Education Programs: Landmarks of American History and Culture

Period of Performance

10/1/2014 - 12/31/2016

Funding Totals

$174,000.00 (approved)
$163,041.17 (awarded)

The Problem of the Color Line: Atlanta Landmarks and Civil Rights History

FAIN: BH-50613-14

Georgia State University Research Foundation, Inc. (Atlanta, GA 30302-3999)
Timothy J. Crimmins (Project Director: March 2014 to April 2017)

Two one-week workshops for seventy-two school teachers on southern segregation and the Civil Rights movement in Atlanta.

At the core of the workshop is the weighty issue of race reform in a contested southern past. Atlanta, destroyed in the Civil War, was rebuilt on the ashes of slavery as a New South city where memorials to the Old South became symbols of white supremacy that relegated African Americans to legal and economic second-class status. The struggle of resistance follows from W. E. B. Du Bois to Martin Luther King. Atlanta has an ideal nexus of historic sites where teachers can explore these struggles, from the legacy of slavery, the tragedy of war and defeat, the promise of emancipation, the betrayal of Reconstruction, the terror of redemption and race riot, the erection of the color line and resistance to segregation, the civil rights movement, desegregation, integration and resegregation, to a multicultural and pluralistic society. Participants will see how race relations figured into the landscape as Americans who once venerated the civil war dead now memorialize civil rights martyrs.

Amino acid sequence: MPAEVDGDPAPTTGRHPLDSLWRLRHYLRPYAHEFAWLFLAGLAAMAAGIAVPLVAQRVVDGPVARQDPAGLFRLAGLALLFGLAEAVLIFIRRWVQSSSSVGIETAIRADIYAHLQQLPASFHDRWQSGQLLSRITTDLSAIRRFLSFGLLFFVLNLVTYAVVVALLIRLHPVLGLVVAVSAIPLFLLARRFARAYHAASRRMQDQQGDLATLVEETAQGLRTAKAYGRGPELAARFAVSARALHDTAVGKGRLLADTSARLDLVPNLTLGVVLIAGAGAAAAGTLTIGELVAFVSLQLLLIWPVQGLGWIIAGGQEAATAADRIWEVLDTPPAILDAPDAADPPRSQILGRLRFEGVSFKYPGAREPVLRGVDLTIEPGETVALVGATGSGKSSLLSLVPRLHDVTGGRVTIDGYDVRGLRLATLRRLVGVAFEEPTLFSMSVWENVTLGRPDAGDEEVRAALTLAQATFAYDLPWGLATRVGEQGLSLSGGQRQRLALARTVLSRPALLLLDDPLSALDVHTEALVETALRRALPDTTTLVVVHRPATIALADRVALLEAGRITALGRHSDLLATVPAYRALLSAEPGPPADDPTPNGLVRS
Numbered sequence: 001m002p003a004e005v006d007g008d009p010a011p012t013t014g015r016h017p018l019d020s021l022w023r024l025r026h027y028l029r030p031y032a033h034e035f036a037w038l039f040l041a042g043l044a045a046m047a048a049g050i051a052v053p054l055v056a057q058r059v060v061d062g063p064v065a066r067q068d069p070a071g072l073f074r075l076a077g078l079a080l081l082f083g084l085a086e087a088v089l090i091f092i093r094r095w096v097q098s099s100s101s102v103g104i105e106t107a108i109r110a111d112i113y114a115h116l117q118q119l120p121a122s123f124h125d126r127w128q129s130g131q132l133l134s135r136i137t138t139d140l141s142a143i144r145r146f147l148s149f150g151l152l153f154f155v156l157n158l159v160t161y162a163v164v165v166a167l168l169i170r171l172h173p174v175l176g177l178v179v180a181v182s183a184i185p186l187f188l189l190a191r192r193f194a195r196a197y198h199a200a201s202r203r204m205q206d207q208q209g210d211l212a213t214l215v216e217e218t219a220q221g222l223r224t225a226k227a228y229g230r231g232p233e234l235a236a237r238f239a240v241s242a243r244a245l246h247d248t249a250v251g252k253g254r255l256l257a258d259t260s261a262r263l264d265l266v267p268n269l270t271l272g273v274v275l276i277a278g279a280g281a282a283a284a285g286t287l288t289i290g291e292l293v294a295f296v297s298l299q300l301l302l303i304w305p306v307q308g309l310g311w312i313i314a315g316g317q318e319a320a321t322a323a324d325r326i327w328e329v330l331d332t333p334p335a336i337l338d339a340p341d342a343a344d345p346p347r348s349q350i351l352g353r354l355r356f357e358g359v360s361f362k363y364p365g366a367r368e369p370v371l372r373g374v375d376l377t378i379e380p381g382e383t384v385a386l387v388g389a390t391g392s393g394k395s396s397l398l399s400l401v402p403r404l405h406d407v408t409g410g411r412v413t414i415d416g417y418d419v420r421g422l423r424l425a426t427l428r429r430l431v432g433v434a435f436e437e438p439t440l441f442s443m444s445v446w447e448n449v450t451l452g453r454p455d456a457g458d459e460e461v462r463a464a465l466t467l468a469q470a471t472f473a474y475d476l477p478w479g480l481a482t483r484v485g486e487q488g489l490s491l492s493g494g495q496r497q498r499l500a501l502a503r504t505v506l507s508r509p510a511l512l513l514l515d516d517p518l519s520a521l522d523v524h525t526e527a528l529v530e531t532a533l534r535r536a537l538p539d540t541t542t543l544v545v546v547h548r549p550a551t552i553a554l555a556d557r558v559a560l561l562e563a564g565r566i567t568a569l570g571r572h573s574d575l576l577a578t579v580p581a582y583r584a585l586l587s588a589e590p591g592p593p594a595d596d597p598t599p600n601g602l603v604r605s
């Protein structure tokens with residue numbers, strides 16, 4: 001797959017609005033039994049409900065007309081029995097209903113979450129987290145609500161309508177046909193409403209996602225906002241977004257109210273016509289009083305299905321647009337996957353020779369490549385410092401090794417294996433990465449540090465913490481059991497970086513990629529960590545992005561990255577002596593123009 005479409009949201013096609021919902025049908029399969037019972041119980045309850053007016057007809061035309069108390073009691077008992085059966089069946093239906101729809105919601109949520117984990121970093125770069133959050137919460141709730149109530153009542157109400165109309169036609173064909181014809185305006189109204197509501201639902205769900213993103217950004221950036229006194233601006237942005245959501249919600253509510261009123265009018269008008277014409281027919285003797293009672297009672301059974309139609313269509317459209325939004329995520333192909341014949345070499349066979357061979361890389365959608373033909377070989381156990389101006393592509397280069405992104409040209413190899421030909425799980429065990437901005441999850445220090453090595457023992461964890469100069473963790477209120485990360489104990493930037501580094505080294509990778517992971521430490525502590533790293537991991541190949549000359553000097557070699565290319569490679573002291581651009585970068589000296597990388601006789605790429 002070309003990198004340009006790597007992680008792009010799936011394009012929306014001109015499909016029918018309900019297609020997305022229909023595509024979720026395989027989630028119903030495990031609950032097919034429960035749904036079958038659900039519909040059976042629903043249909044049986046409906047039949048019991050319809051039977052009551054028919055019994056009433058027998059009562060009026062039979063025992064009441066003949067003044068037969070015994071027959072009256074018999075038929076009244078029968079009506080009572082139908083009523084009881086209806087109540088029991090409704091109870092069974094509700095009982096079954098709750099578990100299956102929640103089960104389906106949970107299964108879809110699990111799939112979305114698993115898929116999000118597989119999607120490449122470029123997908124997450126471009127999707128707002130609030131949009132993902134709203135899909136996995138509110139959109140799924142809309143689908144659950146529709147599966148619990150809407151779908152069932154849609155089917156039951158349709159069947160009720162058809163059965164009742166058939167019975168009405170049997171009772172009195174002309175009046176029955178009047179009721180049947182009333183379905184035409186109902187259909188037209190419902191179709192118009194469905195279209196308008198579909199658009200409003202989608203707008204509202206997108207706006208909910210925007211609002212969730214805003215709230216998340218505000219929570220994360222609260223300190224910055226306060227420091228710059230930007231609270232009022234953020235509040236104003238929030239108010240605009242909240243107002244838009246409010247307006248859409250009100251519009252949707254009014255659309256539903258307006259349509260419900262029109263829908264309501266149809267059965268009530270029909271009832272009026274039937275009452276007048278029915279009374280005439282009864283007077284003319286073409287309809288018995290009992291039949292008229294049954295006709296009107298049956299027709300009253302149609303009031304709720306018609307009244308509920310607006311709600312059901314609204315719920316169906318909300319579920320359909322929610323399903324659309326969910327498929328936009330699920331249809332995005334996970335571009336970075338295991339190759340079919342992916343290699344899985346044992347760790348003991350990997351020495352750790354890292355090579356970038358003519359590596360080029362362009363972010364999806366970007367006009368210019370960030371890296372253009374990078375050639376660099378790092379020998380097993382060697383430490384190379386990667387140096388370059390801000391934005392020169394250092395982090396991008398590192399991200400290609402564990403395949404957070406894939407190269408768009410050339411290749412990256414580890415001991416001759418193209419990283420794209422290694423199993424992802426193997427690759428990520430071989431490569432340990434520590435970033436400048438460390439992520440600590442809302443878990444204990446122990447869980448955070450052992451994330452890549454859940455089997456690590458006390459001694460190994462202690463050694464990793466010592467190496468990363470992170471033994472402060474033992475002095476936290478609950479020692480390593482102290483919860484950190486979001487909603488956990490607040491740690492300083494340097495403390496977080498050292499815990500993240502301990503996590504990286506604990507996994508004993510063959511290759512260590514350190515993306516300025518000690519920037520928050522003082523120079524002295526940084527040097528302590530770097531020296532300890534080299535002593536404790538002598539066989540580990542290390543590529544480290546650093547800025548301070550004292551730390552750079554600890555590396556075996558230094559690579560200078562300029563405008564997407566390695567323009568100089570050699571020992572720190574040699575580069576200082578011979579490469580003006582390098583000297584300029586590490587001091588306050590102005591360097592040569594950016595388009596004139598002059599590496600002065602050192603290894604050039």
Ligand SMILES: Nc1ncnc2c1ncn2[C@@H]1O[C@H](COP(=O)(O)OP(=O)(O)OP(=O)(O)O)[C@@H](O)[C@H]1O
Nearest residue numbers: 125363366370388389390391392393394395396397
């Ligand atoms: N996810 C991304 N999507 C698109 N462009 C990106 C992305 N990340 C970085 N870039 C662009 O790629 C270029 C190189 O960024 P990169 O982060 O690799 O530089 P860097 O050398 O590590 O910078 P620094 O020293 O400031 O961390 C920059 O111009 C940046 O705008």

Media Coverage

Some history lessons are black and white (Media Coverage)
Author(s): Bill Torpy
Publication: Atlanta Journal Constitution
Date: 7/26/2015
Abstract: This is an article that covers a workshop lecture and field trip that addressed the evolution of lost cause mentality in the South and the color line that emerged. It includes an account of a visit to the Fox Theater where participants used the exterior steps to visit what had been the segregated "colored" section of the theater.